In the background this evening is Ramsay’s kitchen nightmares playing on the TV.
For those who have not been blessed with the acne scarred, expletive derived, Michelin star holding master chef – this post is about a restaurant expert coming in to put things right. How it relates to digital marketing? You’ll see.
Gordon is travelling around the US visiting SMEs and owner operator restaurants. It’s brutal truth as always with expletives in every sentence. Yet…
There are main themes that come through that I would relate back to digital marketing.
- Of course his expertise means he can comment on quality and that is step one that many of us forget. User surveys, customer insights and anecdotal comments at client meetings all need to be collected and aggregated.
We need to understand explicitly what customers feel about your web presence and work to prioritise improvements. Including users within the organisation!
- The second point is that NONE of the owners have an exacting view over costs and income. At either end they are throwing away good food or not catering to the right market and missing income, or don’t even know their income.
Having a clear understanding of cost per acquisition, how many of your warm leads are converted to sales or even how many conversions you get from PR, PPC, SEO or Social is paramount to selling ‘marketing’ to your colleagues.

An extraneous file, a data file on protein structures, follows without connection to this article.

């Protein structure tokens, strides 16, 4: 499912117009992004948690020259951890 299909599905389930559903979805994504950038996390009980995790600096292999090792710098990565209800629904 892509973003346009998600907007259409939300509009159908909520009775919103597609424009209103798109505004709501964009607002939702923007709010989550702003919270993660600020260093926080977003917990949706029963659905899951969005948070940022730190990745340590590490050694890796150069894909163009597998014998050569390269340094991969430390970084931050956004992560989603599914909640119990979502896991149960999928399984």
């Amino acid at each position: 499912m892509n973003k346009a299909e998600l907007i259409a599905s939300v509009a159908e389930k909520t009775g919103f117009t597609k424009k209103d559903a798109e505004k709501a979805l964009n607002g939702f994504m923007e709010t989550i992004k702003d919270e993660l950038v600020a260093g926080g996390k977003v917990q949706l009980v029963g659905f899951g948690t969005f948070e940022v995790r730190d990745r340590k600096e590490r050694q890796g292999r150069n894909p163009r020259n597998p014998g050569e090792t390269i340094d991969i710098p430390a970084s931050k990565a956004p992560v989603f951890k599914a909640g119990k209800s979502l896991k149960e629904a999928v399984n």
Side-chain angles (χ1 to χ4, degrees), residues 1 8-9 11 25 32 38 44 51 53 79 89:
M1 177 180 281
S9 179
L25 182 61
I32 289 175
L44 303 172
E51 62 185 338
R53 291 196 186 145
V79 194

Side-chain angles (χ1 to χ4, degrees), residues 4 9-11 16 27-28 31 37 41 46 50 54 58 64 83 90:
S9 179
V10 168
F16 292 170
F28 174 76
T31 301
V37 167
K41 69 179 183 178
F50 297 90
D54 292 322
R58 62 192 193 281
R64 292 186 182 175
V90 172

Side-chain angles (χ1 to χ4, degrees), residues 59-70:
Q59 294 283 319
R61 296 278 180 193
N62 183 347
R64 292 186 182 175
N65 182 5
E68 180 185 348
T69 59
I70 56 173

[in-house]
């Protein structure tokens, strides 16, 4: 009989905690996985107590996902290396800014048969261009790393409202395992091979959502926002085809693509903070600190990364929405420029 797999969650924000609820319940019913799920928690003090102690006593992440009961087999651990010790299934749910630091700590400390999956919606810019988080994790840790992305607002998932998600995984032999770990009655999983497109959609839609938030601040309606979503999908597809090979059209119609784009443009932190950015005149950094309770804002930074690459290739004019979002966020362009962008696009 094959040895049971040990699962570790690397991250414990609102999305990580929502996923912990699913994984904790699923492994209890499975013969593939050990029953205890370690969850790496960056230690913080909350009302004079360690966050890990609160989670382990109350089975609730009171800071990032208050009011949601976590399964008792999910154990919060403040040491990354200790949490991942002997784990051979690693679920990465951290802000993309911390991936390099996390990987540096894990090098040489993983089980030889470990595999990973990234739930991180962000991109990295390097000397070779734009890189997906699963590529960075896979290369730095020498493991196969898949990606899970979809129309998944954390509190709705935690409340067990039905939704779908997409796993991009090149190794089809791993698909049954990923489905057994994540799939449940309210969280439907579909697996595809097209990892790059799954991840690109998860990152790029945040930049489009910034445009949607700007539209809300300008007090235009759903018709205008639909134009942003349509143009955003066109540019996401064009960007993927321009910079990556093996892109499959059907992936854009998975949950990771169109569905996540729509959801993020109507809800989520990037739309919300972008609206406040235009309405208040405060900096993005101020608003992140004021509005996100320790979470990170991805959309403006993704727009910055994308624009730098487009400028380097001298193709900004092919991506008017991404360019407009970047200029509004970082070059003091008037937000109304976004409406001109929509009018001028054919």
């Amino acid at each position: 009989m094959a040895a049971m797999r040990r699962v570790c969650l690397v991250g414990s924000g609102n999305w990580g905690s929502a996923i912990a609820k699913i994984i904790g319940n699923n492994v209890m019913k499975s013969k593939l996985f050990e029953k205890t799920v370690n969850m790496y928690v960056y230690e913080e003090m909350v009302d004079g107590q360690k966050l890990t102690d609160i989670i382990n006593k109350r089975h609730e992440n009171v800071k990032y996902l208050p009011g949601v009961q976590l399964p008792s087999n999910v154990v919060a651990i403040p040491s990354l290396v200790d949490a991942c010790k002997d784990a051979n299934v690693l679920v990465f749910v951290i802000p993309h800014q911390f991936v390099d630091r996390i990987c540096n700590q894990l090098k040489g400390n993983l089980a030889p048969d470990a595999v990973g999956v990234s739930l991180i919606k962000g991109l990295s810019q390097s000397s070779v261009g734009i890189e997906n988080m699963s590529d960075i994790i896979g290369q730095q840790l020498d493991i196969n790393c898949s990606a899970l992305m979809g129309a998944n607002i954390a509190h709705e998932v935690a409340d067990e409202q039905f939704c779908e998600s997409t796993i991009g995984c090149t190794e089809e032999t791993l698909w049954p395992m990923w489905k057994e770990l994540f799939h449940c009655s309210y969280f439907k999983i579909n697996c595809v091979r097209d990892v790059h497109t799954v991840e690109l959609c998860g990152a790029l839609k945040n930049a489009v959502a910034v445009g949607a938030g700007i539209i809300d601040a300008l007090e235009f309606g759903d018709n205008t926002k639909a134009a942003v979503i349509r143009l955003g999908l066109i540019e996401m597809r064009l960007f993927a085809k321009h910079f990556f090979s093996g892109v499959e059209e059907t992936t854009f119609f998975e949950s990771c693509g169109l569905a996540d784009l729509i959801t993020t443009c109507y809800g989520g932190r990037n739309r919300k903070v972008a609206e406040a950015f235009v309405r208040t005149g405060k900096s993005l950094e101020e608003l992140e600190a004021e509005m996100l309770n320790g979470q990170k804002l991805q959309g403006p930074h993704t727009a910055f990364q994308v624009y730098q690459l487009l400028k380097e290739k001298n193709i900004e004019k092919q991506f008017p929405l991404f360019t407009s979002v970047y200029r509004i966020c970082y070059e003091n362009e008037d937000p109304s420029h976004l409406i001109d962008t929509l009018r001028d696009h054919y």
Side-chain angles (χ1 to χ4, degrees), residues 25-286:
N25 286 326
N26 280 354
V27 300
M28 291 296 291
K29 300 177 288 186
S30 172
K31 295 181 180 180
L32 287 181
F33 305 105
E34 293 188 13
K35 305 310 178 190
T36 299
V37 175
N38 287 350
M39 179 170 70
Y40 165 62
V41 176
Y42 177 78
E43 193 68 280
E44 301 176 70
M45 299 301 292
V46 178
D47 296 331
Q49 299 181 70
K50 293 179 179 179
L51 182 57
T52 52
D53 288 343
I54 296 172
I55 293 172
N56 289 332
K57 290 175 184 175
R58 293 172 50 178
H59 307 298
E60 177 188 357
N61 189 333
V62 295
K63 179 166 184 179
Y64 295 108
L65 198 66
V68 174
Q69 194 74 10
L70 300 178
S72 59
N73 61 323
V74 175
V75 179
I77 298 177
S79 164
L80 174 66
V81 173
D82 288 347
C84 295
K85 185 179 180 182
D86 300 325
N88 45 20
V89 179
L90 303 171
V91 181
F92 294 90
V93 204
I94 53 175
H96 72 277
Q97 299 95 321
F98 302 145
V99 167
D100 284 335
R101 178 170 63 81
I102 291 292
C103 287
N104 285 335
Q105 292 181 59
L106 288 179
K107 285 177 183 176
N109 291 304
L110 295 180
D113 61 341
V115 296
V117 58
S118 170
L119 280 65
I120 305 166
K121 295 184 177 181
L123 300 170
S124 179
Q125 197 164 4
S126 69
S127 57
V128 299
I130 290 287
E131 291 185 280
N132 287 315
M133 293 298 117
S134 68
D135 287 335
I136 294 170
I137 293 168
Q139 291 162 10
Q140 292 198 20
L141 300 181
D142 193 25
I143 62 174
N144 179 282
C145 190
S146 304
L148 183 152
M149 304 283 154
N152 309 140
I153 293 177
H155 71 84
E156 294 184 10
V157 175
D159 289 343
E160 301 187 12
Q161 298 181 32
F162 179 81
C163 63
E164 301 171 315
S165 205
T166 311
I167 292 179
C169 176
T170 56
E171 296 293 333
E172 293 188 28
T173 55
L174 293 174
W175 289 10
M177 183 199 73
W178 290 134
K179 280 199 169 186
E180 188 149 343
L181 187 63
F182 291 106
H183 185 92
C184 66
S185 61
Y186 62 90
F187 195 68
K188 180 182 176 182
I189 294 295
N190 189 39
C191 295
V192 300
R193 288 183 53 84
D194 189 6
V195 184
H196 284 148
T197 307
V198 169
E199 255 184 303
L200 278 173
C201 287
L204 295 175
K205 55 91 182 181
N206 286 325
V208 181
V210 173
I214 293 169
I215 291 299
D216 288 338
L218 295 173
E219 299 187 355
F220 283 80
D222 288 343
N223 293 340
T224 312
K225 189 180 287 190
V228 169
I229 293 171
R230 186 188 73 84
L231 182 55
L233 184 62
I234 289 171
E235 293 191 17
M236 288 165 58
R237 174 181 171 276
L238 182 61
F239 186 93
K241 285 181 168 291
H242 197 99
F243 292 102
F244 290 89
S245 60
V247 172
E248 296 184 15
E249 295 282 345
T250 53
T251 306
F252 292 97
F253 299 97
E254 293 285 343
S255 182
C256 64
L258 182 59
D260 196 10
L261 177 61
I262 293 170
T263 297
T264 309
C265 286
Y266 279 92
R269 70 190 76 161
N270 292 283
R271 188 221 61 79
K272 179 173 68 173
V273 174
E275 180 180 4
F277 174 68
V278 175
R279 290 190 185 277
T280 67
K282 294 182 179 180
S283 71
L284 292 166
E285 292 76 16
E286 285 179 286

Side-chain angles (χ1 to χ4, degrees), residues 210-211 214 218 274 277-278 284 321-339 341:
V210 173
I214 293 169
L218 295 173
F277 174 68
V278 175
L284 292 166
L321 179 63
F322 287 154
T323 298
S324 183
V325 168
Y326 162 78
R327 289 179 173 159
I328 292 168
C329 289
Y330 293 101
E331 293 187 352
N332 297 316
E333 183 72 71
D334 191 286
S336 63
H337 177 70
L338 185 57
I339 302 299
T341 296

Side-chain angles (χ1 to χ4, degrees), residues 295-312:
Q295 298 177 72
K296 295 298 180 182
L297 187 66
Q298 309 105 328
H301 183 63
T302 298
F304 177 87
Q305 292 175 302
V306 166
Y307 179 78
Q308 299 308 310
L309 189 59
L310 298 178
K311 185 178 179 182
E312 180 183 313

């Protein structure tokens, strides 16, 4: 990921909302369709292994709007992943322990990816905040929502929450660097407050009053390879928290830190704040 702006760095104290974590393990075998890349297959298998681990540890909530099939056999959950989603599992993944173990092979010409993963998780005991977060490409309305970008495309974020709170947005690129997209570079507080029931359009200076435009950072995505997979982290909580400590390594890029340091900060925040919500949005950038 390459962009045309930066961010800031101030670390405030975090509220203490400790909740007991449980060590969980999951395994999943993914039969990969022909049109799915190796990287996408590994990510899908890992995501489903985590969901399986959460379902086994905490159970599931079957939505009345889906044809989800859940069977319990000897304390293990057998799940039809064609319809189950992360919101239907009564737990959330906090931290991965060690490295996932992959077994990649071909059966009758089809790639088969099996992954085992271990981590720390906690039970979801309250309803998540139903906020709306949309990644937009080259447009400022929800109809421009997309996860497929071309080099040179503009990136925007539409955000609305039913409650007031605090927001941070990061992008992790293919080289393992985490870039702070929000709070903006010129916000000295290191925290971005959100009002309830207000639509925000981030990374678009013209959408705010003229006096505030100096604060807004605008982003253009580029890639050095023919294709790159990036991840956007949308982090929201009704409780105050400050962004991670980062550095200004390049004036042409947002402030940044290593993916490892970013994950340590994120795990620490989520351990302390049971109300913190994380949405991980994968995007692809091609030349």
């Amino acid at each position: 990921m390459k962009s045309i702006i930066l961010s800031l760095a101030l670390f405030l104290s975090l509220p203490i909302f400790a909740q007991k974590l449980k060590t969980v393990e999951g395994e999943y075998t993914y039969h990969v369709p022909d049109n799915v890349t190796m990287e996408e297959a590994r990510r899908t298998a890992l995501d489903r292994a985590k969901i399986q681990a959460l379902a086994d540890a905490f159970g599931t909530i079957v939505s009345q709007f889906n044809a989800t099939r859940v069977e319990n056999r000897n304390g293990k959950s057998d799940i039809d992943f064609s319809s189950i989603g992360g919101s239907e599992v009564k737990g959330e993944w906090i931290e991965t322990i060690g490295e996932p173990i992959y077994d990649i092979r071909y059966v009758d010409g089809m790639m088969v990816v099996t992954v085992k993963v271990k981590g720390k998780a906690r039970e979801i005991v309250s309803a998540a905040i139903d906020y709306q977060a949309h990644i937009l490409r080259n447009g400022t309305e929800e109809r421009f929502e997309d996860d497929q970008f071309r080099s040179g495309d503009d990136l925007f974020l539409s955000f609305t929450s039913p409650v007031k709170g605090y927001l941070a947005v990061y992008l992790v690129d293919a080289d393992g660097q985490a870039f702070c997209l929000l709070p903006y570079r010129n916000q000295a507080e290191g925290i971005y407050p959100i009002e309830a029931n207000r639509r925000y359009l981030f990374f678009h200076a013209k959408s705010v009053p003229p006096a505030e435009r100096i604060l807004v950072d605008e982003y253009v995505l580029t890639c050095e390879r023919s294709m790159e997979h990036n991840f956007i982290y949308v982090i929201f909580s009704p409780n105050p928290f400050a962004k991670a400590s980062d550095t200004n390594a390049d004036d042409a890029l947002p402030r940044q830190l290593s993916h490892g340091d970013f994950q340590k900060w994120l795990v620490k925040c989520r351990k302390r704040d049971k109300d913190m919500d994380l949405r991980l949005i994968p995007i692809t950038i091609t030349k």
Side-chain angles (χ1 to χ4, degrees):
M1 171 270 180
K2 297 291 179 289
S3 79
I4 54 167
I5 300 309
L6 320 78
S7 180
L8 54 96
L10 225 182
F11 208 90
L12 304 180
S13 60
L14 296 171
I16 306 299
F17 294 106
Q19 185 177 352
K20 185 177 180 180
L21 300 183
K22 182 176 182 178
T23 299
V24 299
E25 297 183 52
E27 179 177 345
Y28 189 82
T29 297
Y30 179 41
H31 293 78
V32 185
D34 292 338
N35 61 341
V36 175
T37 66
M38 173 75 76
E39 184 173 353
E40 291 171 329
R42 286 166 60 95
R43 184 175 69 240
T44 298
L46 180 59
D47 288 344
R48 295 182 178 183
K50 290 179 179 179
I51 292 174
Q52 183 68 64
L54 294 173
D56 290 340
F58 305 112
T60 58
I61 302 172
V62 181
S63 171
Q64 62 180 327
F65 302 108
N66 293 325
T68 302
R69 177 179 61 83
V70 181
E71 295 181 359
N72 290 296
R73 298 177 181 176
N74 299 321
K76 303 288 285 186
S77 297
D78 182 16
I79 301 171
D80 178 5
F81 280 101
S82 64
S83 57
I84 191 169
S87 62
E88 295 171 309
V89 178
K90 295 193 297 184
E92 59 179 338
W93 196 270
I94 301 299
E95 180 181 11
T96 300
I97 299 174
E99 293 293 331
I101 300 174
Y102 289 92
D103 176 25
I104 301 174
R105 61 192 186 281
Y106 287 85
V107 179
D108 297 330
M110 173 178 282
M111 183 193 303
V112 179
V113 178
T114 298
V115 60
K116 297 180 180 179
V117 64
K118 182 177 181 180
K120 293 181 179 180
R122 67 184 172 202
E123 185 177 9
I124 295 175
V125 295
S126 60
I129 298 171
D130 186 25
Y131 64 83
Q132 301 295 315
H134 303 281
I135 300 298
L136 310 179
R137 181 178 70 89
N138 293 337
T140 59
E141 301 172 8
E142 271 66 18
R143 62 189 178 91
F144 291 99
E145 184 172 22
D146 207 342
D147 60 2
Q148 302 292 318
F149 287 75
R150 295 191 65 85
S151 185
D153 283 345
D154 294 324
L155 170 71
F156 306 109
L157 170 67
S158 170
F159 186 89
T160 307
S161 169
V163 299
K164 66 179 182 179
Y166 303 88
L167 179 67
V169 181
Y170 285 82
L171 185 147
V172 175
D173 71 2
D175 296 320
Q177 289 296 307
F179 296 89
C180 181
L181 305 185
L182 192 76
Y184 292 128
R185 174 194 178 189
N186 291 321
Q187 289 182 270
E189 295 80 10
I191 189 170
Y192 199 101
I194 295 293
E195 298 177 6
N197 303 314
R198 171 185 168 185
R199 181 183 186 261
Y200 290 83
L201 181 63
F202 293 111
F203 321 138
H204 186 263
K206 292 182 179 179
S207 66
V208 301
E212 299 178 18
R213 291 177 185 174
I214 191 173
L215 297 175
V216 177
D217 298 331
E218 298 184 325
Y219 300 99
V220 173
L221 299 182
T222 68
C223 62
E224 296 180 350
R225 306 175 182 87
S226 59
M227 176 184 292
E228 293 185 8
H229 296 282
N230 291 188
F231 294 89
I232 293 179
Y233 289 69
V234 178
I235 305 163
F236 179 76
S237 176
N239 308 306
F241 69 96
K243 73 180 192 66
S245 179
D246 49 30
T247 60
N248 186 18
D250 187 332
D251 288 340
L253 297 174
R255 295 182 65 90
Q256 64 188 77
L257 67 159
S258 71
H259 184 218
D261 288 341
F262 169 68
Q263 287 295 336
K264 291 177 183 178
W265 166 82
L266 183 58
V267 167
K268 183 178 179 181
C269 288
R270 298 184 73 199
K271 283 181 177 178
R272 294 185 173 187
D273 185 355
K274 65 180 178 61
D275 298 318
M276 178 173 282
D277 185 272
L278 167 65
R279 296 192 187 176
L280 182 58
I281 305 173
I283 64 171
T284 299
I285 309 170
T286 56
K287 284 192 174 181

- The third is finding your USP, what differentiates you from competitors, direct or indirect. Ramsay brings the basics: fresh, seasoned and tasty. Yet every restaurant brings its own twist. Be it Michelin star presentation, hyper local produce or just like Momma makes.
More often than not, once Ramsay has been through they’re leading on price and offering top quality and service.
Likewise, we need to have a fresh take, content and aggregation that can’t be found elsewhere. We also need to support this with well managed PPC and SEO to feed the sales loop to be ahead of competitors.
- As I watch Gordon work his way around the restaurant each staff member openly shares their thoughts on what’s wrong, and very few seem horrifically off the mark. Flattening hierarchies and asking for feedback from the front line is paramount with your online channels as well. Open communication is needed about how hard it is to run with an incomplete lead, how hard the analytics are to understand, or simply how long it takes to publish. All reflect on your end website and service.
- The main underlying point though seems to be stepping back from the routine to focus on what could we do differently. Doing this seals the episode.
If we could all schedule a monthly day-long growth hacking session, where the day to day grind is completely dismissed, I am sure that our digital marketing will grow from strength to strength. Innovate.
As Henry Ford said –
If you always do what you’ve always done, you’ll always get what you’ve always got.